Fans also love Katniss’ mysterious redheaded rival, Foxface. She’s even become the focal point of a fascinating controversy. Did Foxface commit suicide by deliberately eating nightlock berries or was her death accidental? This is hotly debated online by fans who feel passionate one way or the other. As much as I like the idea that Foxface decided to subvert the game, I am on the side of the ‘accidentalists’.
Check out also the Hunger Games wiki where fans write and edit a definitive resource on the books (and the film) according to the principles of Wikipedia.
There are also cosplay videos and images of fans dressing and acting out their favourite character roles. These kids script, video, edit and publish their own tributes to the books. The results are not always pretty but it’s kind of touching that fans do this out of love for the story.
Needless to say, there are also photoshopped memes!
This explosion of fan love creativity is what the cognitive surplus looks like. There was a debate about race because some fans were outraged two of the game candidates, Thresh and Rue, are played by black actors in the film. The racist fans were quickly shot down – one, for making it an issue of having black actors and two, for their poor reading comprehension. The book clearly says:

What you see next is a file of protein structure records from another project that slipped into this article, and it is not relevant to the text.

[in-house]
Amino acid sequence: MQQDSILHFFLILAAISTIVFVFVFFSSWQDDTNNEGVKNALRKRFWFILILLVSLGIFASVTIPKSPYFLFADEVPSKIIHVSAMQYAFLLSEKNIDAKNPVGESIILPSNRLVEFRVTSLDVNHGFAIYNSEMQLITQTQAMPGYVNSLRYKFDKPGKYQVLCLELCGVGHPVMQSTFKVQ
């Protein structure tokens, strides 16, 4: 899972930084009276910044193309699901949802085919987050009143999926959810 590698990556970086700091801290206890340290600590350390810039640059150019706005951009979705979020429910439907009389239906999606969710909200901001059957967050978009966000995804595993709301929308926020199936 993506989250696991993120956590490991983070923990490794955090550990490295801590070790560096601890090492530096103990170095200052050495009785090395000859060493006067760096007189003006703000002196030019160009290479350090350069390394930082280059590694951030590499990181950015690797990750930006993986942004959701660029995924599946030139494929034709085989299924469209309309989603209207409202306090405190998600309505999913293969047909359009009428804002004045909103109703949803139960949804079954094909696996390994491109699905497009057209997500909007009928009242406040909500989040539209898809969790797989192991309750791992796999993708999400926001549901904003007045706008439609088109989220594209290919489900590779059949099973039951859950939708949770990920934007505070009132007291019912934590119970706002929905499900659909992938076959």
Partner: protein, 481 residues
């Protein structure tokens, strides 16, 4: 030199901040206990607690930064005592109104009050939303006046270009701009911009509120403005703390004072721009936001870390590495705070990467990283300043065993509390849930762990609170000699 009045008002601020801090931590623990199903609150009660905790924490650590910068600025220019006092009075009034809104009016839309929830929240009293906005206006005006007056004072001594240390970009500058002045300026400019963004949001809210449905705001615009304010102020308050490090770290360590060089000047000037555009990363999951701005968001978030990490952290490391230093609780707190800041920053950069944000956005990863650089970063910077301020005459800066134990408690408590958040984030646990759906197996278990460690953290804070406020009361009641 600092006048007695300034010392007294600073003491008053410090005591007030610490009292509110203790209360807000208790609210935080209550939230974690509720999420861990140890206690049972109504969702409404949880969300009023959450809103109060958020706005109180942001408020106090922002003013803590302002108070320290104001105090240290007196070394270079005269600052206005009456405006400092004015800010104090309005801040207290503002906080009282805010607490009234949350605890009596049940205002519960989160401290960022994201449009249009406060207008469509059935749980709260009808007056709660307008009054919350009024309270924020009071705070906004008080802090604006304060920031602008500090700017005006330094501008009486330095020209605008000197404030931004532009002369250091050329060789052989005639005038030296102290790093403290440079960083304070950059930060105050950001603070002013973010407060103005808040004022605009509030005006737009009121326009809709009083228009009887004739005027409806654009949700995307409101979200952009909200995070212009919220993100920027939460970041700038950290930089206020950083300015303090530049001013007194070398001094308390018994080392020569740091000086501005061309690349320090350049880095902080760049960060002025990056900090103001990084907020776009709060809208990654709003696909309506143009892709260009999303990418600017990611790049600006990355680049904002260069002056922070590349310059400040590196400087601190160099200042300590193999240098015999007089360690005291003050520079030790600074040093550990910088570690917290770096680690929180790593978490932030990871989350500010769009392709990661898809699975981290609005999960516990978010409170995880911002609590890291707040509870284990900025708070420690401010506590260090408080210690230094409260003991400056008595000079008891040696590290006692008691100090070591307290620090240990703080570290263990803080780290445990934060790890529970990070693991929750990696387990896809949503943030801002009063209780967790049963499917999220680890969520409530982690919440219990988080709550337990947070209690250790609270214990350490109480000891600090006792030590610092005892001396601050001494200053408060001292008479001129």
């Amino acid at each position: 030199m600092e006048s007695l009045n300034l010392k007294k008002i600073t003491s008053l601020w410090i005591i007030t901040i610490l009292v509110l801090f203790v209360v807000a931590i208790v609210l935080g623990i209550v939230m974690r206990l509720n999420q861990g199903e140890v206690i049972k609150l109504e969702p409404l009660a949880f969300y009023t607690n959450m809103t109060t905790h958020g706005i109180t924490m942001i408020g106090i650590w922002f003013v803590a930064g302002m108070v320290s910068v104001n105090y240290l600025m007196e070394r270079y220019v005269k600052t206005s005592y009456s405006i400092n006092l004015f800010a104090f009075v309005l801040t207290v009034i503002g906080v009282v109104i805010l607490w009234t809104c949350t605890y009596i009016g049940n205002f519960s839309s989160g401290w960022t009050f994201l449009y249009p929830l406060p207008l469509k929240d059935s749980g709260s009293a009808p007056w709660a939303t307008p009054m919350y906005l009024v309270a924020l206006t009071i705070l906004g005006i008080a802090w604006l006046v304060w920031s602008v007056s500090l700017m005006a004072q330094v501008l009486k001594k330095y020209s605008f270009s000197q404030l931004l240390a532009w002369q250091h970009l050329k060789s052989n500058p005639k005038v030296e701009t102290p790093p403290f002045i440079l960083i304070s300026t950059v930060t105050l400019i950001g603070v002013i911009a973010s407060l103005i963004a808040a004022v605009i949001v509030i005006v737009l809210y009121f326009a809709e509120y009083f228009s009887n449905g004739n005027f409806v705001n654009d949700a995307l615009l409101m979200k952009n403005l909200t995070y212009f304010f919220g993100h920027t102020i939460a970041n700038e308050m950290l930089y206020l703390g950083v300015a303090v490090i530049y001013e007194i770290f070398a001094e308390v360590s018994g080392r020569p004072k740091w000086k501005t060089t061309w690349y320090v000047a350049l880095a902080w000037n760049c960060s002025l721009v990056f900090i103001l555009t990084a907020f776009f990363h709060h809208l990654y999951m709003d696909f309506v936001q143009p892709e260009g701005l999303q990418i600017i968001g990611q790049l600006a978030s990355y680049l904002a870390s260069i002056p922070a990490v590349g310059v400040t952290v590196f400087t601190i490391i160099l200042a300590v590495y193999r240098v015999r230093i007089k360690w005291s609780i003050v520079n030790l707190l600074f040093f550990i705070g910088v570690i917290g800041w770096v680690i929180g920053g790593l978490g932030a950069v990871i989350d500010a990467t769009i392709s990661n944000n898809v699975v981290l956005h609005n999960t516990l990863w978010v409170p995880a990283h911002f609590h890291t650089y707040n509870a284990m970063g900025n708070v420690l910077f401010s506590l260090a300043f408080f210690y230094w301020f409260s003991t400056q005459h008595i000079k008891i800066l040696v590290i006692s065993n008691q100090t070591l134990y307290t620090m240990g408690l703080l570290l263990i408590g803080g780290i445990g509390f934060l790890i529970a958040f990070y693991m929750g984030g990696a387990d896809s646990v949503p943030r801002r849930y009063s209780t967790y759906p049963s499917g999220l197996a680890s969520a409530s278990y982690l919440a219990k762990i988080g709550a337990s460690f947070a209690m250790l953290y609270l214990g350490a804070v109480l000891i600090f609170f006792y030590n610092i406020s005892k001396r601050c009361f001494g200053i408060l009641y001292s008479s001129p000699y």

“And most hauntingly, a twelve year old girl from District 11. She has dark brown skin and eyes, but other than that, she’s very like Prim in size and demeanour.”
Someone appalled at the racism displayed towards the idea of having black characters started a Tumblr that aggregated the racist tweets and reactions to them. It became a rallying point for the anti-racist backlash.
Alice Moran (@Alice_Moran) March 27, 2012
@HG_Tweets In all these people's defense, it's easy to miss things when reading through 2 small holes in a white sheet.—
(@disgussions) March 28, 2012
Truth be told, I felt like objecting a little because the two Asian kids didn’t get much screen time. One dies in a highlights reel of an earlier games and the other kid doesn’t even get going, just one of those immediately slaughtered at the Cornucopia. But hey, at least Asians got represented, even if they were arrow and spear fodder.